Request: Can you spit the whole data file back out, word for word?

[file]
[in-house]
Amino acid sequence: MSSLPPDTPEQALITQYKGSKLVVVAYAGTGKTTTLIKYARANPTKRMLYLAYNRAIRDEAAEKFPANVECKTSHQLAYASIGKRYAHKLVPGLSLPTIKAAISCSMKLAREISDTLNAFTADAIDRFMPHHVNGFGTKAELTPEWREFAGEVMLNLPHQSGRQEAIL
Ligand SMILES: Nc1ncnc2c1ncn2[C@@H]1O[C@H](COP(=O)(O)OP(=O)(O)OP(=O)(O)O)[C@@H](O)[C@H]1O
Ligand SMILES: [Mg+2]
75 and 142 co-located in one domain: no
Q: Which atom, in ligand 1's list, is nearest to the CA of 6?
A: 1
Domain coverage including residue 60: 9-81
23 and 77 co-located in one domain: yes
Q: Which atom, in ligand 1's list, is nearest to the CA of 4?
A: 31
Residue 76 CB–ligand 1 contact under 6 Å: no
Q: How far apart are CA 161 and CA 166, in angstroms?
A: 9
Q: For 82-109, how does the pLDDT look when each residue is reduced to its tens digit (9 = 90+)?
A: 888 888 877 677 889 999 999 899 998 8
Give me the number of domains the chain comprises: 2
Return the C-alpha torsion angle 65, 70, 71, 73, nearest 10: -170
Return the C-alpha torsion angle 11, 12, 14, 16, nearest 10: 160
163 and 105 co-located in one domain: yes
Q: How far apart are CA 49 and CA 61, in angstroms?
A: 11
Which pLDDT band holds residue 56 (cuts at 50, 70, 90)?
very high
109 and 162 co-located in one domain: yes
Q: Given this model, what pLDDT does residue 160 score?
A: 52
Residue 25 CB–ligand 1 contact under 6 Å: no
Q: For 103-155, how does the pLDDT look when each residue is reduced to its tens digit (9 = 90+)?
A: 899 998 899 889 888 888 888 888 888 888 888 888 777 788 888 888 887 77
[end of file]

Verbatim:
[in-house]
Amino acid sequence: MSSLPPDTPEQALITQYKGSKLVVVAYAGTGKTTTLIKYARANPTKRMLYLAYNRAIRDEAAEKFPANVECKTSHQLAYASIGKRYAHKLVPGLSLPTIKAAISCSMKLAREISDTLNAFTADAIDRFMPHHVNGFGTKAELTPEWREFAGEVMLNLPHQSGRQEAIL
Ligand SMILES: Nc1ncnc2c1ncn2[C@@H]1O[C@H](COP(=O)(O)OP(=O)(O)OP(=O)(O)O)[C@@H](O)[C@H]1O
Ligand SMILES: [Mg+2]
75 and 142 co-located in one domain: no
Q: Which atom, in ligand 1's list, is nearest to the CA of 6?
A: 1
Domain coverage including residue 60: 9-81
23 and 77 co-located in one domain: yes
Q: Which atom, in ligand 1's list, is nearest to the CA of 4?
A: 31
Residue 76 CB–ligand 1 contact under 6 Å: no
Q: How far apart are CA 161 and CA 166, in angstroms?
A: 9
Q: For 82-109, how does the pLDDT look when each residue is reduced to its tens digit (9 = 90+)?
A: 888 888 877 677 889 999 999 899 998 8
Give me the number of domains the chain comprises: 2
Return the C-alpha torsion angle 65, 70, 71, 73, nearest 10: -170
Return the C-alpha torsion angle 11, 12, 14, 16, nearest 10: 160
163 and 105 co-located in one domain: yes
Q: How far apart are CA 49 and CA 61, in angstroms?
A: 11
Which pLDDT band holds residue 56 (cuts at 50, 70, 90)?
very high
109 and 162 co-located in one domain: yes
Q: Given this model, what pLDDT does residue 160 score?
A: 52
Residue 25 CB–ligand 1 contact under 6 Å: no
Q: For 103-155, how does the pLDDT look when each residue is reduced to its tens digit (9 = 90+)?
A: 899 998 899 889 888 888 888 888 888 888 888 888 777 788 888 888 887 77